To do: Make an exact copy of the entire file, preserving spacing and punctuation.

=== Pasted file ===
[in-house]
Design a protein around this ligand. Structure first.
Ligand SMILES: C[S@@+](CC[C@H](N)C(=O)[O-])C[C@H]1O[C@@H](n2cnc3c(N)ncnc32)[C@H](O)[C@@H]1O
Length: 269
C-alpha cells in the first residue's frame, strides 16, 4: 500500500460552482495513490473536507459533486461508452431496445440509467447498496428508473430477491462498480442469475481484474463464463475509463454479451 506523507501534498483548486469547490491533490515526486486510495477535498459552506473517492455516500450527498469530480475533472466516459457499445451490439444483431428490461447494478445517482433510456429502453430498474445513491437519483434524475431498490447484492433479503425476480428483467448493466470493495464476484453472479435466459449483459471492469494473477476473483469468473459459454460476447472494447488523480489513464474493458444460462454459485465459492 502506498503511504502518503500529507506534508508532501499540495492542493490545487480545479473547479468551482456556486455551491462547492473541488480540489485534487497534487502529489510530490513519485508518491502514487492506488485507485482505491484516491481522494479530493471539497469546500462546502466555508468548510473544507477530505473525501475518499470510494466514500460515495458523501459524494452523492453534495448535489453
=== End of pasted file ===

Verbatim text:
[in-house]
Design a protein around this ligand. Structure first.
Ligand SMILES: C[S@@+](CC[C@H](N)C(=O)[O-])C[C@H]1O[C@@H](n2cnc3c(N)ncnc32)[C@H](O)[C@@H]1O
Length: 269
C-alpha cells in the first residue's frame, strides 16, 4: 500500500460552482495513490473536507459533486461508452431496445440509467447498496428508473430477491462498480442469475481484474463464463475509463454479451 506523507501534498483548486469547490491533490515526486486510495477535498459552506473517492455516500450527498469530480475533472466516459457499445451490439444483431428490461447494478445517482433510456429502453430498474445513491437519483434524475431498490447484492433479503425476480428483467448493466470493495464476484453472479435466459449483459471492469494473477476473483469468473459459454460476447472494447488523480489513464474493458444460462454459485465459492 502506498503511504502518503500529507506534508508532501499540495492542493490545487480545479473547479468551482456556486455551491462547492473541488480540489485534487497534487502529489510530490513519485508518491502514487492506488485507485482505491484516491481522494479530493471539497469546500462546502466555508468548510473544507477530505473525501475518499470510494466514500460515495458523501459524494452523492453534495448535489453